3. Automate Repetitive and Boring Tasks
Repetitive tasks become meaningless for employees. They lose interest in work and might even fall into boredom which is a major productivity killer.
Introduce automation of tasks that do not require problem-solving skills to preserve employee engagement. Several digital tools on the web can assist your employees in organizing data and increasing the workflow of projects.
You can also reduce the number of tasks assigned to each member by incorporating productivity tools in your planning and processes.
Managing the employee workload equitably promotes a sense of goodwill and understanding, one of the basic requirements of a productive workplace.
4. Clear Communication
Clear and effective communication is the key element of a productive workplace culture. Bernard Shaw couldn’t be more right when he said that the single biggest problem in communication is the illusion that it has taken place!
Ensuring that instructions are direct and uncomplicated is even more important for a virtual workforce. If you solely rely on texts and emails, there is a greater chance of miscommunication.
Have regular video chats with your employees to make up for face-to-face interaction common in a regular office. You can answer their queries in person, and it eliminates any ambiguities that might cause delays and poor workflows.
Keep multiple channels of communication open for the employees, like Google Meet or Zoom, for visual communication in addition to audio calls, emails, and texts.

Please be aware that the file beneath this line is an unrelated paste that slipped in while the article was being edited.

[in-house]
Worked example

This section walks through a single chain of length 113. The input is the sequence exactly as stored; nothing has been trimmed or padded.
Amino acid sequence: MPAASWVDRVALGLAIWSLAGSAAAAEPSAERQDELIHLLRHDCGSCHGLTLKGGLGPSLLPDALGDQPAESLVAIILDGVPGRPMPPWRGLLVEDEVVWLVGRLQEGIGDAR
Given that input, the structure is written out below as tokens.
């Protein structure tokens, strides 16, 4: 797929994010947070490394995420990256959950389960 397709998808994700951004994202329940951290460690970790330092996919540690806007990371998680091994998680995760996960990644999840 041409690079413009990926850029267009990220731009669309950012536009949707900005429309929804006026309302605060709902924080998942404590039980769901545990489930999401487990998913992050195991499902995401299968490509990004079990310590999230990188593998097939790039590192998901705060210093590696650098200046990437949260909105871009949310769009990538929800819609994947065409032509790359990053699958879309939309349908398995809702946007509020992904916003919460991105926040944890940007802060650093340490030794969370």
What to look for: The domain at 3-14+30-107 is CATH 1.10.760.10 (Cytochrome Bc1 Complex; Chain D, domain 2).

Your employees should be able to reach out to you in case of any troubleshooting scenarios.
5. Encourage Mutual Feedback
Mutual feedback should be an important part of your workplace culture. Let the employees know their strengths and weaknesses so they are more aware and can work on personal improvement.
Similarly, welcome your team members to share their opinions and suggestions regarding any procedure or process. It builds up an environment of trust and confidence in each other.
There is always room for improvement at the workplace, and it can only be accomplished with constructive and mutual feedback. It creates an atmosphere for better collaboration for team productivity.
You grow best as a team when you are ready to learn from each other.
6. Recognize and Reward Employees
Feedback can easily become counterproductive and demoralizing if it only focuses on flaws and deficiencies. Every employee has some unique value that needs to be recognized and appreciated so that they strive to do even better.
Reward your employees on their individual performance and highlight their positive attributes to raise their morale.
Positive reinforcement: Inspire your team with positivity and respect, and watch them go the extra mile to add value to their input.
7. Have Well-Defined Goals
Set clear goals and expectations to help your team stay focused and engaged. Define the objectives of the project/tasks and share them with your team.
This will help everyone understand what they are working towards and how their contributions fit the bigger picture. Your team will be more engaged if they understand the value of their work.